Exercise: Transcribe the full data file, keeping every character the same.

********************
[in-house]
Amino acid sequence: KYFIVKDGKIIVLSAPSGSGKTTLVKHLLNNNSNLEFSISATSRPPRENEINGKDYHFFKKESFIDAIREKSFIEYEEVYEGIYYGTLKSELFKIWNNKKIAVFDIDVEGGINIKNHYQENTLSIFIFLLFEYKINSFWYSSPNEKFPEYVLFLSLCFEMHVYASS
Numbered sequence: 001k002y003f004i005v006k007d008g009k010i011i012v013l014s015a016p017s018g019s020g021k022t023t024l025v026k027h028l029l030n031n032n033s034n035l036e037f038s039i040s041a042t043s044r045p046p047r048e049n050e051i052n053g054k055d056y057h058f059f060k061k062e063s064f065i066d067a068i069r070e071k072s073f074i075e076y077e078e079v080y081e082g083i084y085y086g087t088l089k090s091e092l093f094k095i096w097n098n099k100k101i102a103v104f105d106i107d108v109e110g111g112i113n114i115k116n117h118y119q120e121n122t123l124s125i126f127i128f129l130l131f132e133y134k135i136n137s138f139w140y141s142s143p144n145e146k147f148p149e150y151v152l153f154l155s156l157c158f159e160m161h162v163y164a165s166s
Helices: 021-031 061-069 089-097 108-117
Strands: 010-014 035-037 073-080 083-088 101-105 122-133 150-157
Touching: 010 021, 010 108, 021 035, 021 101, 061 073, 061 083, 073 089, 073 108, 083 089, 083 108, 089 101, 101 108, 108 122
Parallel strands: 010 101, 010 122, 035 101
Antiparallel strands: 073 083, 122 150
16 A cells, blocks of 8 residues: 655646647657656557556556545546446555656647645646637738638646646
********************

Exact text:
[in-house]
Amino acid sequence: KYFIVKDGKIIVLSAPSGSGKTTLVKHLLNNNSNLEFSISATSRPPRENEINGKDYHFFKKESFIDAIREKSFIEYEEVYEGIYYGTLKSELFKIWNNKKIAVFDIDVEGGINIKNHYQENTLSIFIFLLFEYKINSFWYSSPNEKFPEYVLFLSLCFEMHVYASS
Numbered sequence: 001k002y003f004i005v006k007d008g009k010i011i012v013l014s015a016p017s018g019s020g021k022t023t024l025v026k027h028l029l030n031n032n033s034n035l036e037f038s039i040s041a042t043s044r045p046p047r048e049n050e051i052n053g054k055d056y057h058f059f060k061k062e063s064f065i066d067a068i069r070e071k072s073f074i075e076y077e078e079v080y081e082g083i084y085y086g087t088l089k090s091e092l093f094k095i096w097n098n099k100k101i102a103v104f105d106i107d108v109e110g111g112i113n114i115k116n117h118y119q120e121n122t123l124s125i126f127i128f129l130l131f132e133y134k135i136n137s138f139w140y141s142s143p144n145e146k147f148p149e150y151v152l153f154l155s156l157c158f159e160m161h162v163y164a165s166s
Helices: 021-031 061-069 089-097 108-117
Strands: 010-014 035-037 073-080 083-088 101-105 122-133 150-157
Touching: 010 021, 010 108, 021 035, 021 101, 061 073, 061 083, 073 089, 073 108, 083 089, 083 108, 089 101, 101 108, 108 122
Parallel strands: 010 101, 010 122, 035 101
Antiparallel strands: 073 083, 122 150
16 A cells, blocks of 8 residues: 655646647657656557556556545546446555656647645646637738638646646